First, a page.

What to Know
- April the pregnant giraffe was a bit spooked by her active calf's kicking, but is healthy and happy, her keepers at a New York zoo say.
- A photo shared by the zoo shows April's rotund belly curving out and downward, a sign that she's nearing the home stretch of her pregnancy.
- April has captivated tens of millions of people across the world who have been checking in on her via the live stream
STATUS CHECK: April the Pregnant Giraffe 'Not Impressed' by Vet Visit
As tens of millions of fans across the globe await the most-anticipated giraffe birth in recent memory -- or ever -- the upstate New York zoo home to the now-famous April says her adorers may not have to wait much longer.
"What many are calling an omen of the impending birth; the face and neck of a young giraffe appeared in the bedding this afternoon," the Animal Adventure Park in Harpursville wrote in its Facebook update Sunday night. "Pretty neat if you ask us!"
The keepers said there's been a "significant amount of belly movement and tail raising" lately from April but that her appetite is "notably strong" and she is still in good health as the birth approaches.
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The giraffe did get a bit spooked by the kicking calf over the weekend, but keepers reported Monday morning she was in better spirits.
"We completely understand her swings!" the zoo wrote in its daily Facebook update. "She is a big girl and getting bigger. Vet report is all positive and happy with progression."
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The mom-to-be has grown significantly, visible in comparative photos from a week ago show. Wax caps are still present, though her back left teat appears to be shedding.
A photo posted to the zoo's facebook page Saturday showed April's rotund belly curving out and downward, a sign that she's nearing the home stretch of her pregnancy, says owner Jordan Patch.
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"She's progressing well in her pregnancy," he said. "She's not in any pain, things are good."
More than 50,000 people tuned in to watch the gentle giant Monday morning as she peered over the dividing fence to catch a glimpse of her mate, Oliver, who paced around his pen. The long-necked lovers were seen interacting over his pen for a few moments.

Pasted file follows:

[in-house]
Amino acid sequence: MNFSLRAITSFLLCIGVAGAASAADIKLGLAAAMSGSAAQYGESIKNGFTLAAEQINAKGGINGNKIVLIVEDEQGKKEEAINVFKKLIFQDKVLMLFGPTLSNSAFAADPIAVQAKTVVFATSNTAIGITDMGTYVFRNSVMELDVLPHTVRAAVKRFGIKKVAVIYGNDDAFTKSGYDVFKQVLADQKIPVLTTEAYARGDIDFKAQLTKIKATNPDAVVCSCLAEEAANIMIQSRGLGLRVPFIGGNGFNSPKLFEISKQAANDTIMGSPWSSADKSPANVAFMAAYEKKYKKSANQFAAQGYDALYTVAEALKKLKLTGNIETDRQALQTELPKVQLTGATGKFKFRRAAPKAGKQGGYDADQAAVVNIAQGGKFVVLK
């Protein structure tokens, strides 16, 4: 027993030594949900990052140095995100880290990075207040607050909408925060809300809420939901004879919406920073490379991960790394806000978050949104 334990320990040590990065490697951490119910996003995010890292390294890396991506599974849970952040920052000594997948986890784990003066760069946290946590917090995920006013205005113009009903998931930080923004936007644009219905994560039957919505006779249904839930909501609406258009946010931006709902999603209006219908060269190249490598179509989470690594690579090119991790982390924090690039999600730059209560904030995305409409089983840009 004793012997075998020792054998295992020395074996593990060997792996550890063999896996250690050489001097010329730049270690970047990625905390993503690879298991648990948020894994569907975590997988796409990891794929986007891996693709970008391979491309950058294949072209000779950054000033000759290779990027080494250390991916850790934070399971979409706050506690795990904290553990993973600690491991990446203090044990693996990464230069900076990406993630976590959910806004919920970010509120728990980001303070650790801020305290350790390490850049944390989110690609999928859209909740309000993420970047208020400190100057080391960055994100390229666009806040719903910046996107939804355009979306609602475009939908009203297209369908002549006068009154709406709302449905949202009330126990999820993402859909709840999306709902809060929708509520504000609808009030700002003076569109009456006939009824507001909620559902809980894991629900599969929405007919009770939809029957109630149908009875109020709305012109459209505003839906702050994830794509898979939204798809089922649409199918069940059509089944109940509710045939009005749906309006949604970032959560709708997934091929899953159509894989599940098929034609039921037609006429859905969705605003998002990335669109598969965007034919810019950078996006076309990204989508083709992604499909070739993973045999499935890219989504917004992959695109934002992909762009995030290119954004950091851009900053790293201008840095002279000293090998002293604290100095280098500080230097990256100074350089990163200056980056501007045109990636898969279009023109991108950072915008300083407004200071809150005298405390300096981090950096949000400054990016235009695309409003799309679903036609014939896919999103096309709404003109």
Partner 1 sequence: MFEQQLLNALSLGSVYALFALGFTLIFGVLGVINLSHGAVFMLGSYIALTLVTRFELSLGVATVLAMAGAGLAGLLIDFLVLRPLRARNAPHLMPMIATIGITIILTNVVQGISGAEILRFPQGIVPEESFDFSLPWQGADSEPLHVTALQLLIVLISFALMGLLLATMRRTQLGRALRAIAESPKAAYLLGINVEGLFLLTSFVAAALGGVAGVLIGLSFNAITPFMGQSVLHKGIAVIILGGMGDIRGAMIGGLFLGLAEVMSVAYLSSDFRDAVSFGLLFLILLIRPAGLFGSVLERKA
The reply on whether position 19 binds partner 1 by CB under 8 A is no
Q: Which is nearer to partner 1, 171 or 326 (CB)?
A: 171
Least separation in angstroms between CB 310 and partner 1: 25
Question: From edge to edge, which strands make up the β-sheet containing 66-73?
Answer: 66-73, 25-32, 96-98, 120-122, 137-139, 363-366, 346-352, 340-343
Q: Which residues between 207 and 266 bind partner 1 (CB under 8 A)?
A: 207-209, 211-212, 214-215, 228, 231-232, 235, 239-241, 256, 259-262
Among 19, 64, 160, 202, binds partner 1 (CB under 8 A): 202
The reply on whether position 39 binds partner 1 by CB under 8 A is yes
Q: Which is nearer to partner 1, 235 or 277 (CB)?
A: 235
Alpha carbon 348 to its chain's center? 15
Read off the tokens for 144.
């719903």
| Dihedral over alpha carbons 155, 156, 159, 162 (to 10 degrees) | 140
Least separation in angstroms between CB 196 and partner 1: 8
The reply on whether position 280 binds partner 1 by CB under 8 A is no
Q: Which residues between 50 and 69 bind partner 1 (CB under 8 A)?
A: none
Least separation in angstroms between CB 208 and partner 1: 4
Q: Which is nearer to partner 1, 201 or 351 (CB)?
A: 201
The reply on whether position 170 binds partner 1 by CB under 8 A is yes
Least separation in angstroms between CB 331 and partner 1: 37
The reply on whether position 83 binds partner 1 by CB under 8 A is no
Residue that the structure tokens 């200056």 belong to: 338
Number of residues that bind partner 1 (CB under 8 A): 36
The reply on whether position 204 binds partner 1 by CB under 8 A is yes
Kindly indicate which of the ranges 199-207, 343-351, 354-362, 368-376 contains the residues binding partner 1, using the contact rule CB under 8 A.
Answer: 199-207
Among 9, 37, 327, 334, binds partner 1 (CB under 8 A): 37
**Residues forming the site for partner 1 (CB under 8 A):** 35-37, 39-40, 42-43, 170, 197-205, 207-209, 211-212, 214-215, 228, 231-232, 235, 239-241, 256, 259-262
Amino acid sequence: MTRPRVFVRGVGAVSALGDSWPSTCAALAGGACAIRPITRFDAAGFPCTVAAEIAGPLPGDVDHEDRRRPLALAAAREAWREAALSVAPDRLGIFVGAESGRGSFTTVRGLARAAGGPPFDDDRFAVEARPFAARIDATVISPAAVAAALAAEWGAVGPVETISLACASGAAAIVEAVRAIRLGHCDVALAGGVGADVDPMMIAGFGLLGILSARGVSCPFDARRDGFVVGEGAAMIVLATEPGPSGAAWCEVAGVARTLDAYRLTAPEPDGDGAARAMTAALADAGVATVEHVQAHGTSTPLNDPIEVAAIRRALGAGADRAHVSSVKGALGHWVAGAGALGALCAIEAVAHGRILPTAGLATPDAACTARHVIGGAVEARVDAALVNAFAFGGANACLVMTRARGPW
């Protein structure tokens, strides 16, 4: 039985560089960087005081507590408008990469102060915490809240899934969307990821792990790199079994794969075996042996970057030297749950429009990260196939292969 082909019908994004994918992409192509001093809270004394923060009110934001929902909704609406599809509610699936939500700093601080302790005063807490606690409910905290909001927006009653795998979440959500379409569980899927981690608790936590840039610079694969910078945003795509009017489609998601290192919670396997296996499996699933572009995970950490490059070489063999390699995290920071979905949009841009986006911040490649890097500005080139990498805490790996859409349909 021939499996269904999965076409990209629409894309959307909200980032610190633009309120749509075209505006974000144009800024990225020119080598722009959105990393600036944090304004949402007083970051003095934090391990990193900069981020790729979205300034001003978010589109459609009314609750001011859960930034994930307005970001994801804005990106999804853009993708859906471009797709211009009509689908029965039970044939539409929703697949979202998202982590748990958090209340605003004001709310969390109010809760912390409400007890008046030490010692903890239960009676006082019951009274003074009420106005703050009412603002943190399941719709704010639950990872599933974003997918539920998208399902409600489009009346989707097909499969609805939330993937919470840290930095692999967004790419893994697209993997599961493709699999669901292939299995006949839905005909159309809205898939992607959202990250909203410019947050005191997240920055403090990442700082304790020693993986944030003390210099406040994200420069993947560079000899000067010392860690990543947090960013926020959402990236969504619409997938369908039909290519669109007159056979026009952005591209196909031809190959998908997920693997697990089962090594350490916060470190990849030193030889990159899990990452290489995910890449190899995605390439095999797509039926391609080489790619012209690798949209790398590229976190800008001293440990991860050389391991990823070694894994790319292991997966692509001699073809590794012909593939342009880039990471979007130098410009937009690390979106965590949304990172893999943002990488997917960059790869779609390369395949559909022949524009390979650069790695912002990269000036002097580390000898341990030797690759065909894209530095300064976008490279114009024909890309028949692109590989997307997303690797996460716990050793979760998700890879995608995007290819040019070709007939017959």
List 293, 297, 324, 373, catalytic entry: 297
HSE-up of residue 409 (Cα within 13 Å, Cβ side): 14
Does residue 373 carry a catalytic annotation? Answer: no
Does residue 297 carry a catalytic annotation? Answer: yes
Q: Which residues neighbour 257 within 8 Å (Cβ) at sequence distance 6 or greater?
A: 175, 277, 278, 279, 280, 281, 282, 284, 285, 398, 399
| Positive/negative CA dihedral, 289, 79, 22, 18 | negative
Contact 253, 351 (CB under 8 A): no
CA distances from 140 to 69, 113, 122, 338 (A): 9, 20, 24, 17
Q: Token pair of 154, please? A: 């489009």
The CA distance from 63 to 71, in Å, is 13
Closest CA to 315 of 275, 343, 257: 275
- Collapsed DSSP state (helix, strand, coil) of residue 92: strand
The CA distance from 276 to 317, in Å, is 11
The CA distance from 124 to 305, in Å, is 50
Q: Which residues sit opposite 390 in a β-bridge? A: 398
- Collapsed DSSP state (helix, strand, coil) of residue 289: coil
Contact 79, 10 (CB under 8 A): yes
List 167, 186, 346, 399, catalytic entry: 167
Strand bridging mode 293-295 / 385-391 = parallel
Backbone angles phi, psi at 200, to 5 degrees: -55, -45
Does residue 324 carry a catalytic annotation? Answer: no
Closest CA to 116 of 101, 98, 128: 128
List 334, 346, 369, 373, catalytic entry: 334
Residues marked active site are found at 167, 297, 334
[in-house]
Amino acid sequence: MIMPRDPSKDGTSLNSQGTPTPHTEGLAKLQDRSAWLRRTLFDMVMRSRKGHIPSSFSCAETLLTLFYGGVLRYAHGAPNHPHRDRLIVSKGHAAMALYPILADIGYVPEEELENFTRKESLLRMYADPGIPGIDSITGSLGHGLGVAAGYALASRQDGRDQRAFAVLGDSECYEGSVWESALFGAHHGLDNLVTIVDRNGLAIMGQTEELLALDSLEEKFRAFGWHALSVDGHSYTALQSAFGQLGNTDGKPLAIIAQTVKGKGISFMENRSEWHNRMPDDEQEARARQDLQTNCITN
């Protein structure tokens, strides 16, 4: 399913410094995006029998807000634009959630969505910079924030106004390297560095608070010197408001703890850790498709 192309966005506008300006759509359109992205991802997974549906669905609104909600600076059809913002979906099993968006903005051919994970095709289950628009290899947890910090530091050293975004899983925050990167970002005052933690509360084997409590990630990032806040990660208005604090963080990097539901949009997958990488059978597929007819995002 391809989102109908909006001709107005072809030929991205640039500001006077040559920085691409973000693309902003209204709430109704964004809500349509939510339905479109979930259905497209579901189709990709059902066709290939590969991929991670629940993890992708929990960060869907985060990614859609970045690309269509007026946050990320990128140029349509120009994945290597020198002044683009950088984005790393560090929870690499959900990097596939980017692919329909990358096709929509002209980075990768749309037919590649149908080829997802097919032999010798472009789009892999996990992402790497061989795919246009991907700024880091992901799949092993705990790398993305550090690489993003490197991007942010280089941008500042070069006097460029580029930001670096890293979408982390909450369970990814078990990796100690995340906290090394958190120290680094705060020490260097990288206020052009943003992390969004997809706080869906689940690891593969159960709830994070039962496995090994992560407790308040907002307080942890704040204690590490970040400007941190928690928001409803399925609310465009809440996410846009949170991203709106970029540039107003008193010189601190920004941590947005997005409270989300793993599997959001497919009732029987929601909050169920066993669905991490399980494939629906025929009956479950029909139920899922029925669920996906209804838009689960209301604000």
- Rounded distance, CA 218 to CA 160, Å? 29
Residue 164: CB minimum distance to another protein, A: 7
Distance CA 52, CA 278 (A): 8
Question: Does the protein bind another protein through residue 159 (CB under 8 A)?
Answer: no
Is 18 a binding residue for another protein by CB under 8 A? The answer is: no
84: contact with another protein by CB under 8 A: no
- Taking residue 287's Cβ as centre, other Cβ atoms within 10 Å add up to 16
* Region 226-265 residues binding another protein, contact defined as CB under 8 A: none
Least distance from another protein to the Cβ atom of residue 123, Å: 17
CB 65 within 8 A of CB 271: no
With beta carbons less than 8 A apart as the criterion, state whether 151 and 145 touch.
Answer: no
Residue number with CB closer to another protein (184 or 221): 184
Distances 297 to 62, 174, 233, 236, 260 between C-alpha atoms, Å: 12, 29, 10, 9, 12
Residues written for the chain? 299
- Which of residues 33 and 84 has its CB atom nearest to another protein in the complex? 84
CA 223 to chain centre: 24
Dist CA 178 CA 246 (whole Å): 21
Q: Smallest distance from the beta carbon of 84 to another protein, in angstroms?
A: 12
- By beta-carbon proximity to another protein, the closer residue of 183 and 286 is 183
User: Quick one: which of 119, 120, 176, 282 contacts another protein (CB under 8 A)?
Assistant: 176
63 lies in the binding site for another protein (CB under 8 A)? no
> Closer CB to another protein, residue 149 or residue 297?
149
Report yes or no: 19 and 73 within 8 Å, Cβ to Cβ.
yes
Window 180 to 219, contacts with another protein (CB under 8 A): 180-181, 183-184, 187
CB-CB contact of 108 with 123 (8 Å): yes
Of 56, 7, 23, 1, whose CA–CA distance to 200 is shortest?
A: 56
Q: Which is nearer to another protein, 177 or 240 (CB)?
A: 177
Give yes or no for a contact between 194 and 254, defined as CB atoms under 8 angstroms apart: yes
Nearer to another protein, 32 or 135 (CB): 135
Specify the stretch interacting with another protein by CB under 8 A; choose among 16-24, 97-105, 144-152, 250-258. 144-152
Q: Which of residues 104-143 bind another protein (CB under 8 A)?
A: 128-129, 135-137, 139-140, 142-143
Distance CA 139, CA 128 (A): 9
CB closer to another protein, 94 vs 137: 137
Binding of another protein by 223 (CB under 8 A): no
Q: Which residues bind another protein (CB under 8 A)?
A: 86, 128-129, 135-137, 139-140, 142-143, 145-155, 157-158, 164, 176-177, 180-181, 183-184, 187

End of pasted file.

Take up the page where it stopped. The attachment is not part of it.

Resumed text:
April has captivated tens of millions of people across the world who have been checking in on her via the live stream in anticipation of the birth of her fourth calf. Patch says the natural curiosity surrounding giraffes and their birthing process has been a huge factor in drawing crowds.
"I think the fact that she's a giraffe and she's a neat species that people are interested in, that's fostered a lot of the attention," he said. "The fact that you're gonna get to witness the miracle of birth from an animal that you really don't get to see give birth — that's neat."
He added that April's pregnancy is not just live entertainment, but a teachable moment and source for education.
April's pregnancy was catapulted into global headlines late last month after YouTube briefly yanked the zoo's live stream following complaints by animal activists that it violated the site's policies concerning "nudity and sexual content." Thousands upon thousands of commenters voiced their frustration on Facebook and YouTube, and the stream was restored within an hour or so.
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Giraffe pregnancies last for 15 months. Labor lasts anywhere from a few hours to a few days. The calf, which will be the first born at Animal Adventure Park, will be about 150 pounds and 6 feet tall at birth and up and walking in about an hour.
The zoo said it will hold an online competition to name the baby giraffe once it's born.